I met with the owner of Hempthai to understand exactly how hemp is grown and its benefits for human health and the planet. Unfortunately, I could not visit the farm because Thai law does not allow that, what if I go into the farm and become literally high on hemp? It is frustrating that this amazing crop constantly suffers because it is misunderstood and merely considered a drug. We had a long conversation about hemp and I saw so many different products they have innovated with hemp. I asked him if the claim that hemp can sequester carbon from the soil is true, is it safe to say that growing hemp is better than leaving the land empty. He laughed and said, ”It depends on the exact context, leaving a biodiverse forest as it is would probably be better but there is a lot of agricultural land which is currently being used to grow unsustainable crops which require high pesticides and requires burning, it would definitely benefit the economy and the planet to convert them to crops which mitigate climate change”.
Growing hemp paves the way for sustainable agriculture because it can be grown without fertiliser, it also replenishes the soil with nitrogen and other nutrients, it increases topsoil and restores the health and fertility of the soil. Hemp trees have long roots that firmly hold the soil which help control erosion, due to its fast growth, it is extremely useful in carbon sequestration absorbing carbon from the air and storing it back into the earth.
At Hempthai, they have empowered an entire village and the whole process is completely organic and made by hand which makes their products sustainable. They have received many reputable awards for their innovation. I was particularly impressed with the bricks they have made, the owner told me that he is going to build his house with hemp bricks. This could potentially change the construction industry, who would not want to live in a house made with hemp bricks which has the tall claim of generating oxygen?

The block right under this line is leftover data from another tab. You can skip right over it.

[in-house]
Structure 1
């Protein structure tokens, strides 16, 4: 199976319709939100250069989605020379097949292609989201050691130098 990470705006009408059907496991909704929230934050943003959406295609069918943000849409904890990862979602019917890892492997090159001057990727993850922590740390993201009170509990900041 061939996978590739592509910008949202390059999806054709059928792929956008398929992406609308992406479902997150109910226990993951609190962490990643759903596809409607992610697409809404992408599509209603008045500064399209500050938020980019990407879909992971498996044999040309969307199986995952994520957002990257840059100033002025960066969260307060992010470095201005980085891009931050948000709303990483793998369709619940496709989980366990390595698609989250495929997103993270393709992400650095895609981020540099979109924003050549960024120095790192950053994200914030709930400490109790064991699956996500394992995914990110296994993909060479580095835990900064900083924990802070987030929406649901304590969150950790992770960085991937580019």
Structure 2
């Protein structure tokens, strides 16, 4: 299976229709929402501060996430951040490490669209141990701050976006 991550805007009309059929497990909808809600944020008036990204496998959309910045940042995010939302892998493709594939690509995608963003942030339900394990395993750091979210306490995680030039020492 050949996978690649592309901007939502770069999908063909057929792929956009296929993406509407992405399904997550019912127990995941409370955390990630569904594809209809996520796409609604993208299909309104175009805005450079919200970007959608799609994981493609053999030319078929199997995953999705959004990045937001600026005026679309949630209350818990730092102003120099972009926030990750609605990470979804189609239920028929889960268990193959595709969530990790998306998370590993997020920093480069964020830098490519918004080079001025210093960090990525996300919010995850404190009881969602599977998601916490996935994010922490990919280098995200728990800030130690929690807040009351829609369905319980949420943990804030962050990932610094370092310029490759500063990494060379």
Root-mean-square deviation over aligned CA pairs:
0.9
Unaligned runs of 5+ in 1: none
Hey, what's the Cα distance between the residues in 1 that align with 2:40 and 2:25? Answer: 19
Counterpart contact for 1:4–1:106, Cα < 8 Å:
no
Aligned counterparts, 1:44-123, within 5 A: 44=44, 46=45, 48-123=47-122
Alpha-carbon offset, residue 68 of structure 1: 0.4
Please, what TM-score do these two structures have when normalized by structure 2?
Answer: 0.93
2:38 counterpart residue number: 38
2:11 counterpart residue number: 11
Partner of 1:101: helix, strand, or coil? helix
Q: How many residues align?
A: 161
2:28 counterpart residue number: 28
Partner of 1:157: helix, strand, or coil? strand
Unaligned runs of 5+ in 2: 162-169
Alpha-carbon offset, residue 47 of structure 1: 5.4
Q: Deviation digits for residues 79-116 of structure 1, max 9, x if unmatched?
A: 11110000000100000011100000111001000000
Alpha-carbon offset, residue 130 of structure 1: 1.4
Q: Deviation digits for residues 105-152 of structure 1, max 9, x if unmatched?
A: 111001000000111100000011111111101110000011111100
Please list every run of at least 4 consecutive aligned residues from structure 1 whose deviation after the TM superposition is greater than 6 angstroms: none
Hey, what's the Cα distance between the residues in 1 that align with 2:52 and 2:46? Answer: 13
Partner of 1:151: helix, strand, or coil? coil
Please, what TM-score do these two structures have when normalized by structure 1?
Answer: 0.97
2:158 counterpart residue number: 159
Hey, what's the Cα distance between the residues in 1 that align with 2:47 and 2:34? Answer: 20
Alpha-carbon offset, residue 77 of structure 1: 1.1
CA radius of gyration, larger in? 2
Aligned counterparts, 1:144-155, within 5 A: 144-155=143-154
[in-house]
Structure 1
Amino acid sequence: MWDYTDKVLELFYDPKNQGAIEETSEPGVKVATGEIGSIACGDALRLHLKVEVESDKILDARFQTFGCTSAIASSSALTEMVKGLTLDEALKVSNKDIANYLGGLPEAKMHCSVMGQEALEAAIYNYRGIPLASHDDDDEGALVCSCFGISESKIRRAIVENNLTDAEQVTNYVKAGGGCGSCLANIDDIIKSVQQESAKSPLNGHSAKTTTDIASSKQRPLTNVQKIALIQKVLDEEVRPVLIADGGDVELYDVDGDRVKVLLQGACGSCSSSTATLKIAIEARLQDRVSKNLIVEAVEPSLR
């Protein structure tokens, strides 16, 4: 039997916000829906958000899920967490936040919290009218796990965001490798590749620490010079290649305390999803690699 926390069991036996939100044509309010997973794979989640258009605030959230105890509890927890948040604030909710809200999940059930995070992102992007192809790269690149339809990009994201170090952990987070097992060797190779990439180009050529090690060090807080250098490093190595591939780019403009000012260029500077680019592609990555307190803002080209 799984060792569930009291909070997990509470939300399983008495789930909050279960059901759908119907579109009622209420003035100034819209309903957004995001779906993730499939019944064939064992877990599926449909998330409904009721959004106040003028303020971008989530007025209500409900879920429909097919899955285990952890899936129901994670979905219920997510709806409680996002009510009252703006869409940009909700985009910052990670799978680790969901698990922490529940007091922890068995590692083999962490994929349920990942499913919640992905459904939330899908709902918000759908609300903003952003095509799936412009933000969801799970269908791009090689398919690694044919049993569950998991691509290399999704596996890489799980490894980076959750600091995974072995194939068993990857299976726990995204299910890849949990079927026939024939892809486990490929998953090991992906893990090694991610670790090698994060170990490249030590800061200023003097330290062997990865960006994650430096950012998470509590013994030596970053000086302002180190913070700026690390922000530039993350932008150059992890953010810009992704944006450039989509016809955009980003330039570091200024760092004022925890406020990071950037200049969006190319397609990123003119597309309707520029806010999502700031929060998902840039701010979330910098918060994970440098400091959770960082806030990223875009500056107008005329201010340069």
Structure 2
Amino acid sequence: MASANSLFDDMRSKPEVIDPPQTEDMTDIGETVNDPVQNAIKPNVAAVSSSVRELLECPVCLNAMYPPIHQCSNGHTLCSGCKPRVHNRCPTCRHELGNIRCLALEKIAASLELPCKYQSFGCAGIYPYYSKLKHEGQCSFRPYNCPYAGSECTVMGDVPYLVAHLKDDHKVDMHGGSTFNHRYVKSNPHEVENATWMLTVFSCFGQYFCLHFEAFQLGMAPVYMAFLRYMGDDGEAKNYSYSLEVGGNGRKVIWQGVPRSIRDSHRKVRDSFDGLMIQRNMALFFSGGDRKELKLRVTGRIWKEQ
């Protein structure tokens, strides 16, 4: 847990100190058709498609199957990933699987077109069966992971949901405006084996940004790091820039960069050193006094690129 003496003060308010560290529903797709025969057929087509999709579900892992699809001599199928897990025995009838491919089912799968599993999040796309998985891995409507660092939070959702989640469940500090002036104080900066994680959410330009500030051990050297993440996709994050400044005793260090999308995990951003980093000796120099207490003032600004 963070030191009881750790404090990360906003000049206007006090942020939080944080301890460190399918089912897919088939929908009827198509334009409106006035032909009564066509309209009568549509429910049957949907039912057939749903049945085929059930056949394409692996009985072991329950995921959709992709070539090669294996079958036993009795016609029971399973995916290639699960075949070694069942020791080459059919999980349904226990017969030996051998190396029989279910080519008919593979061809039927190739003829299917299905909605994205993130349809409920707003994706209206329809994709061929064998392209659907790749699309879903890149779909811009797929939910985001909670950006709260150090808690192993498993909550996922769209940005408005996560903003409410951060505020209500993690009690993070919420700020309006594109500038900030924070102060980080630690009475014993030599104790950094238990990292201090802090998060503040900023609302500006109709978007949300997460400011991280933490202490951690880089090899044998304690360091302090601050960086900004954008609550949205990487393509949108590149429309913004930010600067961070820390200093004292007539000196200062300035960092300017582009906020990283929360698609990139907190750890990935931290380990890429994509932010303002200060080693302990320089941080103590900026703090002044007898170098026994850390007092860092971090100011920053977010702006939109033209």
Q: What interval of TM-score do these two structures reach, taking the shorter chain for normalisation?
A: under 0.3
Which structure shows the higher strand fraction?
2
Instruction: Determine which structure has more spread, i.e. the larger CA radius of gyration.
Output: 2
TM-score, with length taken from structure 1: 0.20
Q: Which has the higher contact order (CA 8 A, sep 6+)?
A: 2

Thailand has legalised hemp cultivation, paving the way to create a green cash crop. This move by the government represents an important attempt by the authorities to establish hemp as a futuristic cash crop which can have economic benefits. Hemp can generate income for growers in five different areas: drinks, food, medicines and supplements, apparel and personal care products. It is a plant which has a multitude of uses and the potential of generating high income for rural communities. As I mentioned earlier, it has zero waste properties and the entire plant can be used for commercial benefits from its flowers, through the leaves, seeds and branches to the exterior and interior of the stalks and even the roots. All these can be processed into high quality everyday use products. Currently, this industry is still in its infancy stage so research and development costs are high and profits remain difficult and slim at present but it has huge potential.
The hemp fibre looks and feels similar to organic cotton or linen and it is perfect to make garments. I am looking forward to seeing a Thai slow fashion brand make a stylish collection using hemp, this fibre needs to be promoted and marketed well. It has thermo regulating properties too.
Hemp fibre is:
Breathable and insulating
Soft on the skin
Non-synthetic i.e. no micro-plastics
Naturally antibacterial and anti fungal
Resistant to mould and mildew
Resistant to UV light
Has soil release properties
Easy wash and care
Retains its shape and will not shrink
Grown without pesticides and or chemical fertilisers
Replenishes the soil
Low water use
Absorbs carbon dioxide
Common! It is high time hemp goes mainstream. Do you agree?